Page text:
Also he seems to have been unusually abstemious in the sake-soaked culture of the time, so the "kool aid" comment is also rather misleading Very Happy
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PostPosted: Thu Feb 12, 2009 11:27 am    Post subject: Reply with quote
leakbrewergator wrote:
Shōin wanted what the West had without the interference of the West. This might not seem all that logical, but I think it was something that Shōin and others believed could be attained.

I really like Josh's statement that Shōin was an "ivory tower academic" turned radical. Maybe he began to drink a little too much of his own kool-aid. Kinda like Timothy Leary, without the pleasant side effects.


Welcome to the discussion, Leak! I can see why you would conclude that Yoshida wanted the benefits (technology) of the West without interference from the West, but I think he of all the Bakumatsu Lights wanted this (i.e. most of the han who listened at all to Nariaki or understood that the West was stronger than they were). Shoin goes a step further even than Nariaki, who also wanted (but merely pined for) parity on an international footing. The call Shoin makes to go forth and become familiar with all the forms of the West, so that Japan's kaikoku, when it comes, could be dictated on her own terms and not those of the "barbarians." This echoes perfectly the views of his mentor Sakuma Shozan ("Japanese ethics, Western science".) Thus the seemingly reasonable views of Sakuma and Yoshida might be twisted by eventual zealotry.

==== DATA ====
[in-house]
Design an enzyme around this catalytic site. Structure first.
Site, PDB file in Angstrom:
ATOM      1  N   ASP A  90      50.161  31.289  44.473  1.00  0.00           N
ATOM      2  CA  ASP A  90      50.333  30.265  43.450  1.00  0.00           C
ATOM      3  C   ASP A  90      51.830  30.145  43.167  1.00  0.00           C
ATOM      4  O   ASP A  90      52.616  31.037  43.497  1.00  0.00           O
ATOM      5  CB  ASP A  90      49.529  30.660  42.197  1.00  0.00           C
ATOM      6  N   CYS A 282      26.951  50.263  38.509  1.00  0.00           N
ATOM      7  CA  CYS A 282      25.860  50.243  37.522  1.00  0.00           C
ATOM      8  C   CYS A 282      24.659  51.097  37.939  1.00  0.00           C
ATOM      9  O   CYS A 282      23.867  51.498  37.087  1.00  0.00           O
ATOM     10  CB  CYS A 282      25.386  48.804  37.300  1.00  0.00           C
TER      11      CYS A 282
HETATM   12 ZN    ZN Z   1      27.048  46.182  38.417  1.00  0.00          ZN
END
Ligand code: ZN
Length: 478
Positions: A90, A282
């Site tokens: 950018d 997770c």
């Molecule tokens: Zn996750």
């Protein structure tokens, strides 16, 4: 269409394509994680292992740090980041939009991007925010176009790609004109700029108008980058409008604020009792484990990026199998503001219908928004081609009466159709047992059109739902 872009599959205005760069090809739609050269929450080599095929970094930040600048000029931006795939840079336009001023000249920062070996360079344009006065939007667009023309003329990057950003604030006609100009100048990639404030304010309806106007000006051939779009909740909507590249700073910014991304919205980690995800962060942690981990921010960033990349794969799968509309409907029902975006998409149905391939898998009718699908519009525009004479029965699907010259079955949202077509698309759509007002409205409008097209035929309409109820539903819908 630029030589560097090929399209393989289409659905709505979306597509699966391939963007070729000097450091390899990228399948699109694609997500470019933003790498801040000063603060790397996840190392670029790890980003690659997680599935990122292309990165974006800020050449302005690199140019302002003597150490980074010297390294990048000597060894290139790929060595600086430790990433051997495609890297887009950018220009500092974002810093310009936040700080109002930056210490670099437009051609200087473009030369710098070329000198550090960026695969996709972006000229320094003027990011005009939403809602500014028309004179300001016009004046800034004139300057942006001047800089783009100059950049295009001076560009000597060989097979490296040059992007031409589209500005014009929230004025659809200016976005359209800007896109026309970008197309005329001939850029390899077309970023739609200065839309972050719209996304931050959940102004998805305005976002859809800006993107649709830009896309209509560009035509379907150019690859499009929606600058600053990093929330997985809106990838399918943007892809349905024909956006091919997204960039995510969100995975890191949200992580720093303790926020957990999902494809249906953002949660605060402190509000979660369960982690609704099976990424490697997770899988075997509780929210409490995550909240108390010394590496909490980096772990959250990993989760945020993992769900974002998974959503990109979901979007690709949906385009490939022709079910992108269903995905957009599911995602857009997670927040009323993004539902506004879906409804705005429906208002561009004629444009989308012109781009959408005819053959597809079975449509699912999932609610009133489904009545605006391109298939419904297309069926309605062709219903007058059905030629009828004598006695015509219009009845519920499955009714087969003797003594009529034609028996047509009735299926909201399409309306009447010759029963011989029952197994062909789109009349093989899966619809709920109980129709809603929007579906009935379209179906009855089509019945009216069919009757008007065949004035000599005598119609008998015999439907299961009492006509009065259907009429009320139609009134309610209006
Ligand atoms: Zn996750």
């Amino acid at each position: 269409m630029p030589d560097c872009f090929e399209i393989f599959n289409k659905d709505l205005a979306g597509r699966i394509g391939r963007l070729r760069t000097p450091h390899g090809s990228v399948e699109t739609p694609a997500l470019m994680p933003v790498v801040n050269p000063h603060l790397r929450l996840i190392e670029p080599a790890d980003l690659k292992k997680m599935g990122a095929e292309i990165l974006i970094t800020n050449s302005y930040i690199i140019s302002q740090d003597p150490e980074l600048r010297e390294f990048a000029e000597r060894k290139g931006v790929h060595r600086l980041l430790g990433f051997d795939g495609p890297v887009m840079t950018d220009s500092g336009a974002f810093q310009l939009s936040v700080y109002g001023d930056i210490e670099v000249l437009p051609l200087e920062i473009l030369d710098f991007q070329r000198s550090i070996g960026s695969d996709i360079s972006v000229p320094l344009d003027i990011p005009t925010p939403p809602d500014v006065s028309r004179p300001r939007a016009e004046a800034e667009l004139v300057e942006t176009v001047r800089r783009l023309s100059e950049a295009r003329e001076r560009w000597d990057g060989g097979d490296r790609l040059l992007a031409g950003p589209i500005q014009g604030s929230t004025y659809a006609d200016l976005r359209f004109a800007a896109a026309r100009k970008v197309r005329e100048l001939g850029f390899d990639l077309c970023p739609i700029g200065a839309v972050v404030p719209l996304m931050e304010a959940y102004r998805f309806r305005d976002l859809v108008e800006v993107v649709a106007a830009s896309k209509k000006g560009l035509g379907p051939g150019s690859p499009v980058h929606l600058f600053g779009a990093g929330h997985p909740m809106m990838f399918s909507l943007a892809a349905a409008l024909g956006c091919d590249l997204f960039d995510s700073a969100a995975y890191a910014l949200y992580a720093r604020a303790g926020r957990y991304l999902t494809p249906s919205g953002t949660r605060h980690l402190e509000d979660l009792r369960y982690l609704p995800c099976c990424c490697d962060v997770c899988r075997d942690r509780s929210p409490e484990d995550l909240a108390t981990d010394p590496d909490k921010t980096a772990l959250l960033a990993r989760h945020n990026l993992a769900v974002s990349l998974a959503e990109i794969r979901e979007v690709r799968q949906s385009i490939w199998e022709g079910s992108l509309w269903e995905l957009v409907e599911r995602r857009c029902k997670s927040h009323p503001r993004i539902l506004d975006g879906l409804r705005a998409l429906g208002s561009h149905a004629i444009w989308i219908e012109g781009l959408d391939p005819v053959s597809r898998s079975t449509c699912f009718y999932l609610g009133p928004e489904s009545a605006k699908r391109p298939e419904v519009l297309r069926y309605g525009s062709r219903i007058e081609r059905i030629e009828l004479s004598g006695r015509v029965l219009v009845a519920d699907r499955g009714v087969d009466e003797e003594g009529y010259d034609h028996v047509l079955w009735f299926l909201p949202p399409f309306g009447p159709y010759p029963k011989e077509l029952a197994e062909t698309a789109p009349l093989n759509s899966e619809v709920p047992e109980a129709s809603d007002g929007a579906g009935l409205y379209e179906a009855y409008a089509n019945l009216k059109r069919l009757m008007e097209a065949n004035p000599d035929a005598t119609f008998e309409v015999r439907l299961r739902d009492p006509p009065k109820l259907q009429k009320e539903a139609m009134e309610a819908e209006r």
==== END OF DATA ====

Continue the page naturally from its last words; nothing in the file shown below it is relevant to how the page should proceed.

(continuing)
And I am not sure whether I'd agree with Josh's evaluation of the man as "ivory tower" in nature, as a large part of his philosophy was based in direct action. While he was not a direct actor (ironic?), this owed in part to the fact that he was perpetually incarcerated and also to his sickly constitution. In the world of academia, there is a saying, "Those who cannot do, teach." It is a wry indictment of the "ivory tower" nature of those who think theoretically without practical considerations. But shouldn't we apply this to those rule-bound, tradition-bound bureaucrats in Edo who maintain outdated structures and conventions simply because of their antiquity? I think perhaps "ivory tower" applies to most of the high-level government officials and functionaries in Japan at the time. The fact that Shoin's students were very active and sought out positions from which they could affect policy and also the fact that Shoin himself wrote constant memorials to the Choshu government should exempt him from the "ivory tower" label.

The question about Shoin's methods and philosophy that interests me most is perhaps what Dash's kindly provided Letter from Prison covers--the question of when or whether to abandon the pen in favor of the sword. I am of two minds about the policy of assassination as a viable political strategy.